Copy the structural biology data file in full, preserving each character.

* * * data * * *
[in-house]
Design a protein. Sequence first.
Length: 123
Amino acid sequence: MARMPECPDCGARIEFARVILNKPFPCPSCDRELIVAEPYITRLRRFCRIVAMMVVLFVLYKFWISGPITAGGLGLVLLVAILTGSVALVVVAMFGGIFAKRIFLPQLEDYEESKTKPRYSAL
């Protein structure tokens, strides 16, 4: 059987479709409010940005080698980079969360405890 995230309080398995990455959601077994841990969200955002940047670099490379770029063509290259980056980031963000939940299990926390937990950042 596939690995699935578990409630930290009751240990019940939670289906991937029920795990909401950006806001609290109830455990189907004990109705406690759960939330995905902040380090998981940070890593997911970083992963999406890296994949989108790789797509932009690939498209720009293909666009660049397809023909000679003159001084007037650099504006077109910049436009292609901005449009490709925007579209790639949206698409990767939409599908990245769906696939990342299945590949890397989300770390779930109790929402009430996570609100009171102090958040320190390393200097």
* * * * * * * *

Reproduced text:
[in-house]
Design a protein. Sequence first.
Length: 123
Amino acid sequence: MARMPECPDCGARIEFARVILNKPFPCPSCDRELIVAEPYITRLRRFCRIVAMMVVLFVLYKFWISGPITAGGLGLVLLVAILTGSVALVVVAMFGGIFAKRIFLPQLEDYEESKTKPRYSAL
């Protein structure tokens, strides 16, 4: 059987479709409010940005080698980079969360405890 995230309080398995990455959601077994841990969200955002940047670099490379770029063509290259980056980031963000939940299990926390937990950042 596939690995699935578990409630930290009751240990019940939670289906991937029920795990909401950006806001609290109830455990189907004990109705406690759960939330995905902040380090998981940070890593997911970083992963999406890296994949989108790789797509932009690939498209720009293909666009660049397809023909000679003159001084007037650099504006077109910049436009292609901005449009490709925007579209790639949206698409990767939409599908990245769906696939990342299945590949890397989300770390779930109790929402009430996570609100009171102090958040320190390393200097």